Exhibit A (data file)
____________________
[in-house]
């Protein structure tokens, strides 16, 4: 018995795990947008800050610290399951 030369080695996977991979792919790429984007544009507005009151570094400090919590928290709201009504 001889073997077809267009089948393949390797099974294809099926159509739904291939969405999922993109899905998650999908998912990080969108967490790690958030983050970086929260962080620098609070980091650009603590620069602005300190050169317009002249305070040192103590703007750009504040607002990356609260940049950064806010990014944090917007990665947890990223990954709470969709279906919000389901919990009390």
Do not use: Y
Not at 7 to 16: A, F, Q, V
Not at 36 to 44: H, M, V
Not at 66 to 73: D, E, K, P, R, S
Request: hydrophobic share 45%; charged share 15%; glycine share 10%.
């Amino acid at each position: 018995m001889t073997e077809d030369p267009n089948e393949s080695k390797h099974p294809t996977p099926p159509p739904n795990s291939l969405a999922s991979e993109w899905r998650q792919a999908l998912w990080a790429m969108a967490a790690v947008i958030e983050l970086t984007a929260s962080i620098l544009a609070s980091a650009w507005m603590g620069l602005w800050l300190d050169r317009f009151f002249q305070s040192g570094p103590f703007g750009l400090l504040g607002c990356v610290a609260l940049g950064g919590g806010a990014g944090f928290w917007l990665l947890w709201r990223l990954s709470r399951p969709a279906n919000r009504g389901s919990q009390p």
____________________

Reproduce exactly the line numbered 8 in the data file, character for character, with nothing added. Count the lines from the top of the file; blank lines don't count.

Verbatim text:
């Amino acid at each position: 018995m001889t073997e077809d030369p267009n089948e393949s080695k390797h099974p294809t996977p099926p159509p739904n795990s291939l969405a999922s991979e993109w899905r998650q792919a999908l998912w990080a790429m969108a967490a790690v947008i958030e983050l970086t984007a929260s962080i620098l544009a609070s980091a650009w507005m603590g620069l602005w800050l300190d050169r317009f009151f002249q305070s040192g570094p103590f703007g750009l400090l504040g607002c990356v610290a609260l940049g950064g919590g806010a990014g944090f928290w917007l990665l947890w709201r990223l990954s709470r399951p969709a279906n919000r009504g389901s919990q009390p």